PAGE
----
Monday, 20 November 2017
Wednesday, 15 November 2017
Publisher: [Toronto] Viking, 2017
Characteristics: 264 pages
Once again Mr. Le Carré has written a superb novel. This story once again revolves around the the actions of the Circus and George Smiley, and fills in a portion of the back story that fans have likely been curious about for many years. While Mr. Le Carré hasn't written a Smiley novel in 25 years, the same panache and expert storytelling hasn't gone away in this page turner.
If you have never read any of the George Smiley novels - "Call for the Dead" (1961); "A Murder of Quality" (1962); "The Spy Who Came in from the Cold" (1963); "The Looking Glass War" (1965); "Tinker, Tailor, Soldier, Spy" (1974); "The Honourable Schoolboy" (1977); "Smiley's People" (1979); and "The Secret Pilgrim" (1990) - then you might want to tackle them first however this means you'll have to put off reading "A Legacy of Spies" until much later, which would be a shame. If however you want to read "A Legacy" right away then read "Tinker, Tailor Soldier, Spy" and you'll be in the groove.
While the Cold War subject matter is based of factual events and the world of George Smiley and his fellow clandestine operatives is fictional, I am in awe at the amount of research that Mr. Le Carré had to have done to make these novels seem so realistic is astounding. If on the other hand he did minimal research then it is even more amazing as this and the other novels in the series are so well crafted that they are very difficult to put down even for short breaks.
After reading this novel, I plan to go back and reread all the other George Smiley novels to refresh my memory of all the details. This will however take some considerable time. However seeing as there are likely numerous reviews of these great stories already it is unlikely that I'll review them on this blog.
I hope you enjoy this novel as much as I did!
Publisher: [Toronto] Viking, 2017
Characteristics: 264 pages
Monday, 6 November 2017
I had eagerly been awaiting the release of this book since I first heard about it on the YouTube channel Ask a Mortician which is run by Ms. Doughty as is the website The Order of the Good Death. It definitely lived up to all my expectations as it was a fantastic read and definitely gave me insight into other cultures and practises of how they treat their deceased.
Ms. Doughty wrote about eight different funerary practises in six different places, three of these were in the United States, but they were different enough from each other to make them worth including. The ones outside the United States were South Sulawesi, Indonesia; Michoacán, Mexico; Barcelona, Spain; Tokyo, Japan and La Paz, Bolivia. The three United States visits were in Crestone, Colorado; Cullowhee, North Carolina; and Joshua Tree, California. In the epilogue Ms. Doughty also treats us to a view of some of the practises in Vienna, Austria.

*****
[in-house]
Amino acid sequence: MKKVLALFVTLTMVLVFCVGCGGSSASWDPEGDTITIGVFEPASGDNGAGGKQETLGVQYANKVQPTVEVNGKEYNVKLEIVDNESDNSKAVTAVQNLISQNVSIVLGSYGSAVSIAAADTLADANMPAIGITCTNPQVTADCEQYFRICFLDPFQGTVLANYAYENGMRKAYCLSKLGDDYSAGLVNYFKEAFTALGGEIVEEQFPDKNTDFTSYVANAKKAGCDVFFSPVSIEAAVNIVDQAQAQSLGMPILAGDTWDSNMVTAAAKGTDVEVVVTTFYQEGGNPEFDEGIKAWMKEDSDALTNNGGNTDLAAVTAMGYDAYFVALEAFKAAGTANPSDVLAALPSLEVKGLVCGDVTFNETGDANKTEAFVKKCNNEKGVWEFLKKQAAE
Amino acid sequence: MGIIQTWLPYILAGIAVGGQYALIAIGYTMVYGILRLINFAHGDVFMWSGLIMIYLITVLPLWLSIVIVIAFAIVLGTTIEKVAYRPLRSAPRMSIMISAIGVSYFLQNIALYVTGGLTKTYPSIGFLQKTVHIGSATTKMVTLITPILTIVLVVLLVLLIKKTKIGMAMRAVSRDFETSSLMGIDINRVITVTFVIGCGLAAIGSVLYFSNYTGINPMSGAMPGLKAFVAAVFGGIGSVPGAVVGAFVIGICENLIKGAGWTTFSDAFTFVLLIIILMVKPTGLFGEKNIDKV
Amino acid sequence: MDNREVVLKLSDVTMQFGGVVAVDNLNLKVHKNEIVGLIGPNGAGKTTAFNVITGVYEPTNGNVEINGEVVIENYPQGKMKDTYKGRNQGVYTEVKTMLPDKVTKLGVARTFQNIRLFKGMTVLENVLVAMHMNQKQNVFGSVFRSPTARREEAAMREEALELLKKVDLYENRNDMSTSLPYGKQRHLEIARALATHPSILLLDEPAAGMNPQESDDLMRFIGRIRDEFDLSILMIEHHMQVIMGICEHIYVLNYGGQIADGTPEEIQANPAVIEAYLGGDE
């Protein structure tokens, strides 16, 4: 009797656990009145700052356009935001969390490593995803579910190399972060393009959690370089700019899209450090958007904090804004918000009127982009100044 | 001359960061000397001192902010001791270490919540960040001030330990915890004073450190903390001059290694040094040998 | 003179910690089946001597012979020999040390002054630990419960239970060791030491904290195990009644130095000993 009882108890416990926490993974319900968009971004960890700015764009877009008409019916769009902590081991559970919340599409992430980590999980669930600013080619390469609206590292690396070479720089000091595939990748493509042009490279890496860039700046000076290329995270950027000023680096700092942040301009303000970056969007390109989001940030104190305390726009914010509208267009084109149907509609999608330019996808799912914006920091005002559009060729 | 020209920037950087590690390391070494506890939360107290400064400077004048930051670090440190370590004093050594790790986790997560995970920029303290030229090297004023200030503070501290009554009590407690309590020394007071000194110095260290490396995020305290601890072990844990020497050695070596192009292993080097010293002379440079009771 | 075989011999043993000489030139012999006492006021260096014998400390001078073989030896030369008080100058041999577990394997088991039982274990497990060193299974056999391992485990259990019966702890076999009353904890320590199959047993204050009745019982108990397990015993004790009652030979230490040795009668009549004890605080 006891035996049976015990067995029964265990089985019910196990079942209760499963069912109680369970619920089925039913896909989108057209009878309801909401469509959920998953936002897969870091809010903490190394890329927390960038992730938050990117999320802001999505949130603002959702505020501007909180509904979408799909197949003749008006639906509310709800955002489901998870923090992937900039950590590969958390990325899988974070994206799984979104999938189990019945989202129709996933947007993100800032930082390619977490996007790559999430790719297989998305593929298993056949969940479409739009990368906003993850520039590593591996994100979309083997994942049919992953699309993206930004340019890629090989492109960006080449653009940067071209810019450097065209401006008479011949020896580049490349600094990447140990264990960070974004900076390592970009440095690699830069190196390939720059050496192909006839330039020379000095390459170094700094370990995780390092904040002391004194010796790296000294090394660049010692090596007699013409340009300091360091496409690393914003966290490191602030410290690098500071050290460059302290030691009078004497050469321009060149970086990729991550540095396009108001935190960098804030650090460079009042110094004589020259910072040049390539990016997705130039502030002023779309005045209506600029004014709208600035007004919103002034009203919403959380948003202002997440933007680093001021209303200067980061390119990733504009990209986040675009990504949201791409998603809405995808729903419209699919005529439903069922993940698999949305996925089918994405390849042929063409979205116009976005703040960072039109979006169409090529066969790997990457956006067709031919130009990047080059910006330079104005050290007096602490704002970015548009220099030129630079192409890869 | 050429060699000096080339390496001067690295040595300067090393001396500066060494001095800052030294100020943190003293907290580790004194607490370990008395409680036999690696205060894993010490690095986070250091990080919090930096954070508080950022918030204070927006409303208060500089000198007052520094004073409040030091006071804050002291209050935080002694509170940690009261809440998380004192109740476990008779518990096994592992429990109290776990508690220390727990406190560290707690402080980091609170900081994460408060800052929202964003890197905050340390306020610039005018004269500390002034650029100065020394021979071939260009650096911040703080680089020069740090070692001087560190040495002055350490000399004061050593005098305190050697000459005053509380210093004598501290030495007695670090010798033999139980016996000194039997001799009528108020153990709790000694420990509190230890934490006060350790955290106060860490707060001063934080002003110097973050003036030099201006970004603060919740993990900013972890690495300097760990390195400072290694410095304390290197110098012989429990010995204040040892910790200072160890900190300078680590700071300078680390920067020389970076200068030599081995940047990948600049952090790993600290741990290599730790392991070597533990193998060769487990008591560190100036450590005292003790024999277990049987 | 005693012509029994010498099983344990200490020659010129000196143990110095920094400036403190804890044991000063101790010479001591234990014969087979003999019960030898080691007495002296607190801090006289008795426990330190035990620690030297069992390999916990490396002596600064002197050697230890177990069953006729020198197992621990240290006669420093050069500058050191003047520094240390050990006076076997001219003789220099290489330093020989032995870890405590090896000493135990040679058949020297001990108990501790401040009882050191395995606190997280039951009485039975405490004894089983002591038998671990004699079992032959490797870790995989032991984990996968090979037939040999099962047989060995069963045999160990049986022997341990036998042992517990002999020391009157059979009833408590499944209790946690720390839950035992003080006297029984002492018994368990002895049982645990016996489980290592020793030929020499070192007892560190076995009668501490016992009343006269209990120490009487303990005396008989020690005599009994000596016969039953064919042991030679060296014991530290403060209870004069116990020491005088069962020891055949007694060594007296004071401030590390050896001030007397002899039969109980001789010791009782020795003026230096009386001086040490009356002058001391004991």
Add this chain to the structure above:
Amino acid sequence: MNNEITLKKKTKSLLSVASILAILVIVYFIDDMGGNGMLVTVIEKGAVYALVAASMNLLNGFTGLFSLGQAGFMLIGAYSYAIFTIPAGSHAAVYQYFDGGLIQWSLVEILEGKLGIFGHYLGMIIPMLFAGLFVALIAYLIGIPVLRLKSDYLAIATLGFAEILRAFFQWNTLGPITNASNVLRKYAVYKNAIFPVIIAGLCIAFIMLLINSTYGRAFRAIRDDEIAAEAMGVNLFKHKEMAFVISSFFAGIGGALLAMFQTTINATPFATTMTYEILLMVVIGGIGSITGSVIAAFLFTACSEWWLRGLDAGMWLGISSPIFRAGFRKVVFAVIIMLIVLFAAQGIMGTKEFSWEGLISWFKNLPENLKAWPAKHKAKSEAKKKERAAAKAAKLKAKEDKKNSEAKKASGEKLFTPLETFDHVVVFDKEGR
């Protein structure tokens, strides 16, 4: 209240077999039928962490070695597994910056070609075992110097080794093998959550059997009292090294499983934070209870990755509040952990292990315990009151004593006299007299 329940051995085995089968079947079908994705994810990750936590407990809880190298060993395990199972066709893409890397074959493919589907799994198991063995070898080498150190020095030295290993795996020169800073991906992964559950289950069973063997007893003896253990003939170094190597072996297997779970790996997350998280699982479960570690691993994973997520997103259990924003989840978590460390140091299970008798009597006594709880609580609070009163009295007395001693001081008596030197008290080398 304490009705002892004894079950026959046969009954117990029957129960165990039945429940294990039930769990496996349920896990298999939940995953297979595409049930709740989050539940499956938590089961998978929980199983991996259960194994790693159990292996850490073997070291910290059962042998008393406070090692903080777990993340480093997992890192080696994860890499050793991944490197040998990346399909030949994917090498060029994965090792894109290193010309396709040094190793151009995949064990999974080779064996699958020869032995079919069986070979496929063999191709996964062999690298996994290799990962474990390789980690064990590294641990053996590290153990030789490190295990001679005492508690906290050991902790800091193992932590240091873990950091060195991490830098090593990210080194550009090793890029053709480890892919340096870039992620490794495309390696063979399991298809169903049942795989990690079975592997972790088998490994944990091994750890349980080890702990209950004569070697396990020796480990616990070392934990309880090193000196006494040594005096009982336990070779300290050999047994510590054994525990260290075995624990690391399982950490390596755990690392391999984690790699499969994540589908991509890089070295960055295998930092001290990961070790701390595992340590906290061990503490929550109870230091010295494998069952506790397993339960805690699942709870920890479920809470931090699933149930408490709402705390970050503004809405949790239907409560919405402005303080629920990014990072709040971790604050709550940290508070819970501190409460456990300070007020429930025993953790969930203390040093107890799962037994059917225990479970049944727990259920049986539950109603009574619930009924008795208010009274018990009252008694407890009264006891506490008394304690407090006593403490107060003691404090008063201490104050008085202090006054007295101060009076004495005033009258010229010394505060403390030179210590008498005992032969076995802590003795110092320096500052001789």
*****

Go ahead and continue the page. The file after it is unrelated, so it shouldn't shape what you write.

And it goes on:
Despite what some may expect or want this book is not a simple travelogue designed to shock the reader into what people do with bodies in other cultures. Instead it is an insightful look into different cultural practises surrounding death, in cultures that treat death not as something to be afraid of (as it is typically in the Western World), but as something to celebrate both the life of the individual as well as the ongoing lives of the rest of the deceased's family.
It is my sincere belief that everyone should have this book (and her first as well "Smoke Gets in Your Eyes - Lessons from the Crematory) on their to-be-read list, and if it's already there move it further up on the list so you can get to it sooner rather than later. Westerners for the most part are scared of death and all it's ramifications, due primarily to in my opinion the hold organized religion has on our culture. It's about time that we started to think otherwise, as whether you like it or not you will die.
Having been trained as an anthropologist, I can see the value of this book a either one of the texts in an introductory anthropology course, or as the main one in a senior course on death acceptance and practises. As I also hold a degree in Education, I would like to see this subject taught in schools as well, however I realize this will likely never happen, after all we still have many who oppose the teaching of sex education in schools.